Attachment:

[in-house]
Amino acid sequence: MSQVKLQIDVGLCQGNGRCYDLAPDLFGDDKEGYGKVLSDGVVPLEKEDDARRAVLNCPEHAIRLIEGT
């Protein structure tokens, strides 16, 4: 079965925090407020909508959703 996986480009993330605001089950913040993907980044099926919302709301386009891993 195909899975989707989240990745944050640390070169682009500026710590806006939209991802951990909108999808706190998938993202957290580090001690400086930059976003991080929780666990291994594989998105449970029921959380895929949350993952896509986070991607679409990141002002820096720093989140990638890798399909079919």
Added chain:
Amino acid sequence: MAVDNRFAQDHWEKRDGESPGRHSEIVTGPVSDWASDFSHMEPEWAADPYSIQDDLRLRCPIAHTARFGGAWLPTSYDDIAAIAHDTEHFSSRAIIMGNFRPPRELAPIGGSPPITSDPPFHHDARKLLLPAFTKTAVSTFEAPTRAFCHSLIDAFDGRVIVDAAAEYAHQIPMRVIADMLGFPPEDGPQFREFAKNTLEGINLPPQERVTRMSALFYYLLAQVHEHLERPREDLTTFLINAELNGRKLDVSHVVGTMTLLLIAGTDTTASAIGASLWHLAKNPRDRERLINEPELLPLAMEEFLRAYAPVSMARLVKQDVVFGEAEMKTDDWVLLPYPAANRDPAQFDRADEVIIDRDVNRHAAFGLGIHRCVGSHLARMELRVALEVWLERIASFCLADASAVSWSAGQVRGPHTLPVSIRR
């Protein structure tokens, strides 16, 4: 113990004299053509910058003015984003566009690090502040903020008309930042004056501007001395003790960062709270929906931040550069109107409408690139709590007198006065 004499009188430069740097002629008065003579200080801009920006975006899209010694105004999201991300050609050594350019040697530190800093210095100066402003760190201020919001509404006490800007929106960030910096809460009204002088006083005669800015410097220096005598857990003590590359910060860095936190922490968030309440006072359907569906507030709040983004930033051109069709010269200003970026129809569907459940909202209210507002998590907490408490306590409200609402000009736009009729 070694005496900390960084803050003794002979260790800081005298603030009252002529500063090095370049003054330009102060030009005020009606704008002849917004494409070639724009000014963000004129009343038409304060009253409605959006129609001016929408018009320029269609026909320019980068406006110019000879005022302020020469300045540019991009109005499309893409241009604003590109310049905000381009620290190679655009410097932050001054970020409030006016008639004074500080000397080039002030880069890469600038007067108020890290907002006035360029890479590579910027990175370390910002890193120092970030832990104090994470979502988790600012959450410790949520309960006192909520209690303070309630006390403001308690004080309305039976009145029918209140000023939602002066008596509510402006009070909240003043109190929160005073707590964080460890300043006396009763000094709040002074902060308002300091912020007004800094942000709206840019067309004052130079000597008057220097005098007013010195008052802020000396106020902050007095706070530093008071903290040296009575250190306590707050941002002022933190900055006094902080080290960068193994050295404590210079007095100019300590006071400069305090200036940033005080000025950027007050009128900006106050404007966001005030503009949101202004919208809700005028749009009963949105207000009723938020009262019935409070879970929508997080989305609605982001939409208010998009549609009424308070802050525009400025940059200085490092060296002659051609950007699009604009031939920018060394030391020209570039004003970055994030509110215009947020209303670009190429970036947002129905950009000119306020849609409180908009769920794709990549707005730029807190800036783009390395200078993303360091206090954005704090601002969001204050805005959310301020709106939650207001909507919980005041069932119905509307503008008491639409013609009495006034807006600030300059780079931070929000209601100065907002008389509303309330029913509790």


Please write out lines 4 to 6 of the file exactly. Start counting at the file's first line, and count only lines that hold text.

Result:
Added chain:
Amino acid sequence: MAVDNRFAQDHWEKRDGESPGRHSEIVTGPVSDWASDFSHMEPEWAADPYSIQDDLRLRCPIAHTARFGGAWLPTSYDDIAAIAHDTEHFSSRAIIMGNFRPPRELAPIGGSPPITSDPPFHHDARKLLLPAFTKTAVSTFEAPTRAFCHSLIDAFDGRVIVDAAAEYAHQIPMRVIADMLGFPPEDGPQFREFAKNTLEGINLPPQERVTRMSALFYYLLAQVHEHLERPREDLTTFLINAELNGRKLDVSHVVGTMTLLLIAGTDTTASAIGASLWHLAKNPRDRERLINEPELLPLAMEEFLRAYAPVSMARLVKQDVVFGEAEMKTDDWVLLPYPAANRDPAQFDRADEVIIDRDVNRHAAFGLGIHRCVGSHLARMELRVALEVWLERIASFCLADASAVSWSAGQVRGPHTLPVSIRR
């Protein structure tokens, strides 16, 4: 113990004299053509910058003015984003566009690090502040903020008309930042004056501007001395003790960062709270929906931040550069109107409408690139709590007198006065 004499009188430069740097002629008065003579200080801009920006975006899209010694105004999201991300050609050594350019040697530190800093210095100066402003760190201020919001509404006490800007929106960030910096809460009204002088006083005669800015410097220096005598857990003590590359910060860095936190922490968030309440006072359907569906507030709040983004930033051109069709010269200003970026129809569907459940909202209210507002998590907490408490306590409200609402000009736009009729 070694005496900390960084803050003794002979260790800081005298603030009252002529500063090095370049003054330009102060030009005020009606704008002849917004494409070639724009000014963000004129009343038409304060009253409605959006129609001016929408018009320029269609026909320019980068406006110019000879005022302020020469300045540019991009109005499309893409241009604003590109310049905000381009620290190679655009410097932050001054970020409030006016008639004074500080000397080039002030880069890469600038007067108020890290907002006035360029890479590579910027990175370390910002890193120092970030832990104090994470979502988790600012959450410790949520309960006192909520209690303070309630006390403001308690004080309305039976009145029918209140000023939602002066008596509510402006009070909240003043109190929160005073707590964080460890300043006396009763000094709040002074902060308002300091912020007004800094942000709206840019067309004052130079000597008057220097005098007013010195008052802020000396106020902050007095706070530093008071903290040296009575250190306590707050941002002022933190900055006094902080080290960068193994050295404590210079007095100019300590006071400069305090200036940033005080000025950027007050009128900006106050404007966001005030503009949101202004919208809700005028749009009963949105207000009723938020009262019935409070879970929508997080989305609605982001939409208010998009549609009424308070802050525009400025940059200085490092060296002659051609950007699009604009031939920018060394030391020209570039004003970055994030509110215009947020209303670009190429970036947002129905950009000119306020849609409180908009769920794709990549707005730029807190800036783009390395200078993303360091206090954005704090601002969001204050805005959310301020709106939650207001909507919980005041069932119905509307503008008491639409013609009495006034807006600030300059780079931070929000209601100065907002008389509303309330029913509790």